A downtown Victoria fine dining restaurant has closed because of soaring operating costs, and industry experts fear more could be on the horizon.
Award-winning restaurant Saveur announced Thursday it was closing its doors due to what it calls operational challenges faced since 2020. In a statement, the team at Saveur cites labour shortages, the rising cost of food and inflation as the major challenges it faced post-pandemic.
Big Wheel Burger co-owner Calen McNeil says the rapid rise in costs is unprecedented in his more than two decades in the industry.
“Nobody’s getting rich in the restaurant industry,” he says from his Saanich location. “Even the ones that are super successful are struggling to pay their bills.”
Restaurants are just some of the small businesses that received COVID relief in the form of Canada Emergency Business Account loans (CEBA). Repayment to the federal government is due at the end of 2023.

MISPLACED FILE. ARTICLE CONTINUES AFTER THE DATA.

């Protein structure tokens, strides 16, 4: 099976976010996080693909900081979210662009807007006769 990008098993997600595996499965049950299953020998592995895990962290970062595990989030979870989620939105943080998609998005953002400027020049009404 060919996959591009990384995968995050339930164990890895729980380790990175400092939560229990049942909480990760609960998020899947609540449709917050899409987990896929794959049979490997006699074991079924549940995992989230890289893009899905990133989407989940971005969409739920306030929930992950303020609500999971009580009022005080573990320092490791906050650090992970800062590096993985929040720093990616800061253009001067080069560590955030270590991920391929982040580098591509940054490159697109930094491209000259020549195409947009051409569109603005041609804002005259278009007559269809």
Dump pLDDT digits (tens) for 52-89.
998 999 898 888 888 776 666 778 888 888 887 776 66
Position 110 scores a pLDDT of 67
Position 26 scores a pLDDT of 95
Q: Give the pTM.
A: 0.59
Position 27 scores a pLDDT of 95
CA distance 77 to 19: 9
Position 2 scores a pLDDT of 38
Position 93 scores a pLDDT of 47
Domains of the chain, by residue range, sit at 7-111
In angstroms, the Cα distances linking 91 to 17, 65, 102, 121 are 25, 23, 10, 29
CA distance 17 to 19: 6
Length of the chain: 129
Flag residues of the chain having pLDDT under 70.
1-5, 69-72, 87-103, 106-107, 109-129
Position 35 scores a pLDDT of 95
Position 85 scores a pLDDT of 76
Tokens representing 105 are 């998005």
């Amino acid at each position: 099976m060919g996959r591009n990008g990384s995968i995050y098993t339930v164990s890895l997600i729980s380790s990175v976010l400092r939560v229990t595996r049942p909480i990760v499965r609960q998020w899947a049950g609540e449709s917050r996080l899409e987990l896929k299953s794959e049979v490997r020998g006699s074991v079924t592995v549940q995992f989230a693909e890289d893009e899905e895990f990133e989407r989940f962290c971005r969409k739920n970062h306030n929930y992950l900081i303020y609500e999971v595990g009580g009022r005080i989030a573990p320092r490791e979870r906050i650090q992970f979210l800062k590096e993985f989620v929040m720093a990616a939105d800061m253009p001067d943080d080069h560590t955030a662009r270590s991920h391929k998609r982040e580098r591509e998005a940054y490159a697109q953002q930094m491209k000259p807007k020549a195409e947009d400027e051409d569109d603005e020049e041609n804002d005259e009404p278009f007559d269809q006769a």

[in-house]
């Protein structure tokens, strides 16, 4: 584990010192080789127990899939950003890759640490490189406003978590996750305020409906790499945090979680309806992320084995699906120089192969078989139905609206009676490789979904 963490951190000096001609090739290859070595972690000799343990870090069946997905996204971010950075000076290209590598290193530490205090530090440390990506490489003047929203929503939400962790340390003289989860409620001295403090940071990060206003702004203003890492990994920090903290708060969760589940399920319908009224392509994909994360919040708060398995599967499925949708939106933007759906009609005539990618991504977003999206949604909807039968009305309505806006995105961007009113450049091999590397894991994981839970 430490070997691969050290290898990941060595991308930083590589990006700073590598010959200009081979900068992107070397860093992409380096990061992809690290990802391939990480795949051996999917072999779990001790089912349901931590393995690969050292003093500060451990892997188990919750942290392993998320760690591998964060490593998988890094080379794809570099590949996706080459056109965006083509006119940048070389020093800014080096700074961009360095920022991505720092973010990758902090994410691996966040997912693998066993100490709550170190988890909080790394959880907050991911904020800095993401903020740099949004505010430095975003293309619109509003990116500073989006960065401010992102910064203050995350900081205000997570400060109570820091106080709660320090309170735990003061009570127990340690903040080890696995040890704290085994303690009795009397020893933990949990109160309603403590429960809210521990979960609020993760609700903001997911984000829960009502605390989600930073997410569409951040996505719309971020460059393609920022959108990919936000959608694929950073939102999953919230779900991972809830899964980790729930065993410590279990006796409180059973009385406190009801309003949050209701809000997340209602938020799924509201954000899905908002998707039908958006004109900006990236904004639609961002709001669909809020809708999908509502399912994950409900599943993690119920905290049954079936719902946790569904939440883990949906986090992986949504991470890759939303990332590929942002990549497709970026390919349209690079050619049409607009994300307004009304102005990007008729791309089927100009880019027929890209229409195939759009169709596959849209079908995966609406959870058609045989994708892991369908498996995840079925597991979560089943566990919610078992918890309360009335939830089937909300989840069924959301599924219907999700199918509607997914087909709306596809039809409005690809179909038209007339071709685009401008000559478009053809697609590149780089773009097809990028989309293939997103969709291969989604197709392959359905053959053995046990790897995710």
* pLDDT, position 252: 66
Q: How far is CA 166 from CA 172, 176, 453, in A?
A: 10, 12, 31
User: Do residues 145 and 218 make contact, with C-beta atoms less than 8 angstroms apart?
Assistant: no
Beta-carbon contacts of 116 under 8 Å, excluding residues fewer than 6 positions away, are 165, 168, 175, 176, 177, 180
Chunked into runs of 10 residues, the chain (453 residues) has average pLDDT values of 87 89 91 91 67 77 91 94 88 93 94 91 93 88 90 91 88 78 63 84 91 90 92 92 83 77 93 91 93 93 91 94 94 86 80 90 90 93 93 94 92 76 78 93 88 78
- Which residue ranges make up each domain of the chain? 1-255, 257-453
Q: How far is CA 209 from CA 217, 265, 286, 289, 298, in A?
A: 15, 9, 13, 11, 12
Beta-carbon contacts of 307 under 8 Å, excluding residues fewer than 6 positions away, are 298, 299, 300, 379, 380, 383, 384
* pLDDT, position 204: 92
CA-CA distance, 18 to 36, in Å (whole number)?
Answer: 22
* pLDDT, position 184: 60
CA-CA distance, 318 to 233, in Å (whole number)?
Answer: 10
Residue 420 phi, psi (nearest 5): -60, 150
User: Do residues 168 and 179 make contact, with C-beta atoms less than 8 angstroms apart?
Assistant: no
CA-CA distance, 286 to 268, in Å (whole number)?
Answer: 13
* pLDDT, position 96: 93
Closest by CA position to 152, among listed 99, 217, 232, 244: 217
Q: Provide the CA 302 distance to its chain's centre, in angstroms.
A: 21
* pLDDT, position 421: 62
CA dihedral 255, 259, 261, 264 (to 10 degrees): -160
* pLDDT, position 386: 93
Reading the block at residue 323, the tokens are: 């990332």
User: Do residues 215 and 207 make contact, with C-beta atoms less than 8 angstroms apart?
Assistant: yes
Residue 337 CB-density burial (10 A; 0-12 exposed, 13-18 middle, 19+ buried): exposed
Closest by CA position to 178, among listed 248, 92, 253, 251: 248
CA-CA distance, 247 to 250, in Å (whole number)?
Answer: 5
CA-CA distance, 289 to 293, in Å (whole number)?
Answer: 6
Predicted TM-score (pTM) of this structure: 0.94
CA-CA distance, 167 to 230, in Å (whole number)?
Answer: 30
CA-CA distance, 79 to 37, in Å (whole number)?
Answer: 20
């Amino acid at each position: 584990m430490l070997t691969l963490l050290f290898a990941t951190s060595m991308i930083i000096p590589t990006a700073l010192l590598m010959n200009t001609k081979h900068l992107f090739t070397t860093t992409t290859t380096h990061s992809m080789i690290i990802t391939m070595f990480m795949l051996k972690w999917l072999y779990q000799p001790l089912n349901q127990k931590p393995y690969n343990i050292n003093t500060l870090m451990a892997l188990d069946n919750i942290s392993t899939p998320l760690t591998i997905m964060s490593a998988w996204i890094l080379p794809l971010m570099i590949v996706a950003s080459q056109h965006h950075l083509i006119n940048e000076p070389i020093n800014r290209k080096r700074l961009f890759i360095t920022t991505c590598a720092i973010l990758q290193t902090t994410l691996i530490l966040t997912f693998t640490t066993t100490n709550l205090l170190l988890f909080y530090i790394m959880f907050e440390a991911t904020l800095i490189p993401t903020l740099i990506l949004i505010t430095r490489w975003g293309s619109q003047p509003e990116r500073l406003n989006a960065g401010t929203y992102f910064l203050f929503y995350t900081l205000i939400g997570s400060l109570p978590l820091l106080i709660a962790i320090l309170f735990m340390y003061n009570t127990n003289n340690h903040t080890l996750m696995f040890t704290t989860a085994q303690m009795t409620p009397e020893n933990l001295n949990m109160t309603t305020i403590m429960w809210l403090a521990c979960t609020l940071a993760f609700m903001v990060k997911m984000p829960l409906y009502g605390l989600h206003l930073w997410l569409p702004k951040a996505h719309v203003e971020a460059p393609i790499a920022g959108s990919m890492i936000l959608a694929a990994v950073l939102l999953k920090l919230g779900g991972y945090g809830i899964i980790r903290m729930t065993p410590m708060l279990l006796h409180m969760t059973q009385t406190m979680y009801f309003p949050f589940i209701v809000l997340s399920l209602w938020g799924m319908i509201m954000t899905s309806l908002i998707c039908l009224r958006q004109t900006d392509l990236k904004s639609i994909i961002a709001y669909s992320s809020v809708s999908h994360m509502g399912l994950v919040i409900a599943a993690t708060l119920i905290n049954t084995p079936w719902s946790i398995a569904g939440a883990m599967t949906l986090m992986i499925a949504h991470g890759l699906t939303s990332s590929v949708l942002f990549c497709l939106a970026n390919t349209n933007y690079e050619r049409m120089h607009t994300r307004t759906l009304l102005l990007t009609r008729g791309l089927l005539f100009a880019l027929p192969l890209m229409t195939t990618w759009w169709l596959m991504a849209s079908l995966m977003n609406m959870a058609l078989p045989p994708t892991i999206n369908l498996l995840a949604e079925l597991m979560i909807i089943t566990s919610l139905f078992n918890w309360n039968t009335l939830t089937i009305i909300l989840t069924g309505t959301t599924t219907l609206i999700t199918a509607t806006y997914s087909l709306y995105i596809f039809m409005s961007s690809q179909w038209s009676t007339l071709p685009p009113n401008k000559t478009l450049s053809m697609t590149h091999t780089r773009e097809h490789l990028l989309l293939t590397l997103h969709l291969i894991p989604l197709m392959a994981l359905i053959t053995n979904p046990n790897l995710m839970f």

“Businesses might not have the cash flow to do that,” says Greater Victoria Chamber of Commerce CEO Bruce Williams.
The Victoria Chamber is one of hundreds of chambers across Canada that co-signed a letter to federal Finance Minister Chrystia Freeland asking for an extension.
“When that many voices representing that many businesses speaks, the government needs to listen,” says Williams.
Ian Tostenson, president and CEO of the BC Restaurant and Food Services Association echoes the need to get the message to the federal government.
“It’s summer time in Ottawa, so we’re hoping the B.C. premier and B.C. Minister [Brenda] Bailey continue to put the pressure on Ottawa,” Tostenson said.
The CEBA program offered interest-free loans of up to $60,000 to small businesses. If the balance of the loan is repaid by December 31, 2023, up to 33 per cent of the loan is forgiven.